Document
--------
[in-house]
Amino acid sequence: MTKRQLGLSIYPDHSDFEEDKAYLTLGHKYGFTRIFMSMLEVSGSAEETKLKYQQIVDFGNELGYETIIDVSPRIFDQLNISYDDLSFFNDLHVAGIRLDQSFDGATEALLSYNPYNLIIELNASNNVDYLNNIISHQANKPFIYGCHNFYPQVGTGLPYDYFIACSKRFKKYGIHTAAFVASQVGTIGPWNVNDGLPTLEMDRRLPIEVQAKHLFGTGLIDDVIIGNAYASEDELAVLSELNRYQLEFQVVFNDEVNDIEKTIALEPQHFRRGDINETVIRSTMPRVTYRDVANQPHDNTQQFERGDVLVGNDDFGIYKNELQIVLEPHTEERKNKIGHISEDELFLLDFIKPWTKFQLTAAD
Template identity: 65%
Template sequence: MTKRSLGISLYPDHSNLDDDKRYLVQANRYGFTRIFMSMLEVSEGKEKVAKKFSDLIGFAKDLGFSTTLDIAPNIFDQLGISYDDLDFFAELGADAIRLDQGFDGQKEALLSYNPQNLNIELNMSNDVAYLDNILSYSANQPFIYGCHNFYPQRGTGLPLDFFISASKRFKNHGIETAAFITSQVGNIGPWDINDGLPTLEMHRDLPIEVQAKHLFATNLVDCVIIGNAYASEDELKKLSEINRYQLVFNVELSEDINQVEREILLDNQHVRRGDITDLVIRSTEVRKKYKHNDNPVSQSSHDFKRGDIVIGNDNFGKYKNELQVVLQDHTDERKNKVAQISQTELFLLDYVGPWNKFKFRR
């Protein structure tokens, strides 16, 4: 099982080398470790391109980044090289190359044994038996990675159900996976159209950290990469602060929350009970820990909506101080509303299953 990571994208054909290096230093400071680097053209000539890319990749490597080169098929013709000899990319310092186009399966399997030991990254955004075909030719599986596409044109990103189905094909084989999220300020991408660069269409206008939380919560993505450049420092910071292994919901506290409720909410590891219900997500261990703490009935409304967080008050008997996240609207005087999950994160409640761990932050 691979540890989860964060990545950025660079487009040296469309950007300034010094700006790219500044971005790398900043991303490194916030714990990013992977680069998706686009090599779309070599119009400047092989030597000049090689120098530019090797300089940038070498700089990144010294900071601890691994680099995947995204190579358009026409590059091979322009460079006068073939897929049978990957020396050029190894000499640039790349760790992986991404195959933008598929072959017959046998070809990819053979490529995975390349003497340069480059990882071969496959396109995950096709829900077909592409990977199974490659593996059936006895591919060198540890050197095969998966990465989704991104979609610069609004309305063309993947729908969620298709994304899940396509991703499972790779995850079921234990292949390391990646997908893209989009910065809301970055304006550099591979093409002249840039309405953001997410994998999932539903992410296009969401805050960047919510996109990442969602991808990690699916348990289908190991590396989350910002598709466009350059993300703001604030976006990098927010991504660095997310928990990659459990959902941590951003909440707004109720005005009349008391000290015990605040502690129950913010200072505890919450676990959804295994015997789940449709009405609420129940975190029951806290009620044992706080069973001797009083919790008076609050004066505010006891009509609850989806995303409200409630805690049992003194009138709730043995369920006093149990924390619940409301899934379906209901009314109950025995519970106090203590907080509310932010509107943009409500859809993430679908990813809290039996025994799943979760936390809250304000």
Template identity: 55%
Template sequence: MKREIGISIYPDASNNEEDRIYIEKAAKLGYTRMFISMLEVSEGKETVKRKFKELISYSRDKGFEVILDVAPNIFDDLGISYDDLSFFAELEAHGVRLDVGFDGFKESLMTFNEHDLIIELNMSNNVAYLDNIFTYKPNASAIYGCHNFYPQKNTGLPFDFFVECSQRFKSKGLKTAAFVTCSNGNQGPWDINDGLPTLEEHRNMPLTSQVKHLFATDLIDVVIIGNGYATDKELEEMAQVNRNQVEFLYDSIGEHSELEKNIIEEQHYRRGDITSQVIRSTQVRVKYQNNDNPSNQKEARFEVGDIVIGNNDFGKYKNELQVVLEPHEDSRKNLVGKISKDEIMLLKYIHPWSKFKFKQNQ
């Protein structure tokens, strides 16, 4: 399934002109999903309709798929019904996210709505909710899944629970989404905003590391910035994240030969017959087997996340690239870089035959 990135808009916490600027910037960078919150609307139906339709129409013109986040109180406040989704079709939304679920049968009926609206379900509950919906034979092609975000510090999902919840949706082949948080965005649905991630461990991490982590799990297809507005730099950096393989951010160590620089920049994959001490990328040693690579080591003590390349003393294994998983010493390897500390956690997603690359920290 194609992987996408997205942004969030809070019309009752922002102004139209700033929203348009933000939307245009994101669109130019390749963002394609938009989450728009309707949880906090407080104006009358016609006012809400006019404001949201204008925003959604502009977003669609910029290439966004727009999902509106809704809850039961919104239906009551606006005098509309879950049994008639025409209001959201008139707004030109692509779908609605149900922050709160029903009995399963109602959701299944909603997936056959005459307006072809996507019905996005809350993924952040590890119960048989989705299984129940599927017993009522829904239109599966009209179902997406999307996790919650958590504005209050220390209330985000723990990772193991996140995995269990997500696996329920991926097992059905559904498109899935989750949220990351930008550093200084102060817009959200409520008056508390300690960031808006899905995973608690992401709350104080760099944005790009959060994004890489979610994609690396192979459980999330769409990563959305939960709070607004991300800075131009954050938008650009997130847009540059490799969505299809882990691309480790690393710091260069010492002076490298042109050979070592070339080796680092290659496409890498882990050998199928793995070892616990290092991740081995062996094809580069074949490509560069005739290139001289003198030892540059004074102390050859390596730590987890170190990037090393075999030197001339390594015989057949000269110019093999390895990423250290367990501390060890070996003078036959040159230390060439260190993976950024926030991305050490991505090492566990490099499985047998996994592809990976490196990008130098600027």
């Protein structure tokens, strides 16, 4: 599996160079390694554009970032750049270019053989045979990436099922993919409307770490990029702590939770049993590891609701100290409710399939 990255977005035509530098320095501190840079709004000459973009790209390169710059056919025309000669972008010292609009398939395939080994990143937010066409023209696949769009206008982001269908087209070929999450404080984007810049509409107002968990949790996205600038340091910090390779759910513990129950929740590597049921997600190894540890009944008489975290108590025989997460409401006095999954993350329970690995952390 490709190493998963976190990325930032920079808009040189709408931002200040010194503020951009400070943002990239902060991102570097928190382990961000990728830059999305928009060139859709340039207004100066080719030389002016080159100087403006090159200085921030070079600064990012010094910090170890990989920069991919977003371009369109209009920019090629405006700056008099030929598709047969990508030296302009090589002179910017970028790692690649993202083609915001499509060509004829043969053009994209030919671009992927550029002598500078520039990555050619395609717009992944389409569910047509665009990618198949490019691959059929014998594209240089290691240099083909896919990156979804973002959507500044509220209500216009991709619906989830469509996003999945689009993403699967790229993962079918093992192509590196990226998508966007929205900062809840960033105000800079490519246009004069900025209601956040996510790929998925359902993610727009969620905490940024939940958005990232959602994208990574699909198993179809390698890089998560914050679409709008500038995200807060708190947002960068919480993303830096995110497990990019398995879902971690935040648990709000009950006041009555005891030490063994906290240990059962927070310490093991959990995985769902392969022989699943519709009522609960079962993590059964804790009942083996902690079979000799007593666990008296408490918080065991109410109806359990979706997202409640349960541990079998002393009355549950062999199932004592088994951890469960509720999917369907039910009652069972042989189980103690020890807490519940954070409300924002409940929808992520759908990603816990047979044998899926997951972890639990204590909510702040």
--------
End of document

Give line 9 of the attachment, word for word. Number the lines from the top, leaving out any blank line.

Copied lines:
């Protein structure tokens, strides 16, 4: 599996160079390694554009970032750049270019053989045979990436099922993919409307770490990029702590939770049993590891609701100290409710399939 990255977005035509530098320095501190840079709004000459973009790209390169710059056919025309000669972008010292609009398939395939080994990143937010066409023209696949769009206008982001269908087209070929999450404080984007810049509409107002968990949790996205600038340091910090390779759910513990129950929740590597049921997600190894540890009944008489975290108590025989997460409401006095999954993350329970690995952390 490709190493998963976190990325930032920079808009040189709408931002200040010194503020951009400070943002990239902060991102570097928190382990961000990728830059999305928009060139859709340039207004100066080719030389002016080159100087403006090159200085921030070079600064990012010094910090170890990989920069991919977003371009369109209009920019090629405006700056008099030929598709047969990508030296302009090589002179910017970028790692690649993202083609915001499509060509004829043969053009994209030919671009992927550029002598500078520039990555050619395609717009992944389409569910047509665009990618198949490019691959059929014998594209240089290691240099083909896919990156979804973002959507500044509220209500216009991709619906989830469509996003999945689009993403699967790229993962079918093992192509590196990226998508966007929205900062809840960033105000800079490519246009004069900025209601956040996510790929998925359902993610727009969620905490940024939940958005990232959602994208990574699909198993179809390698890089998560914050679409709008500038995200807060708190947002960068919480993303830096995110497990990019398995879902971690935040648990709000009950006041009555005891030490063994906290240990059962927070310490093991959990995985769902392969022989699943519709009522609960079962993590059964804790009942083996902690079979000799007593666990008296408490918080065991109410109806359990979706997202409640349960541990079998002393009355549950062999199932004592088994951890469960509720999917369907039910009652069972042989189980103690020890807490519940954070409300924002409940929808992520759908990603816990047979044998899926997951972890639990204590909510702040």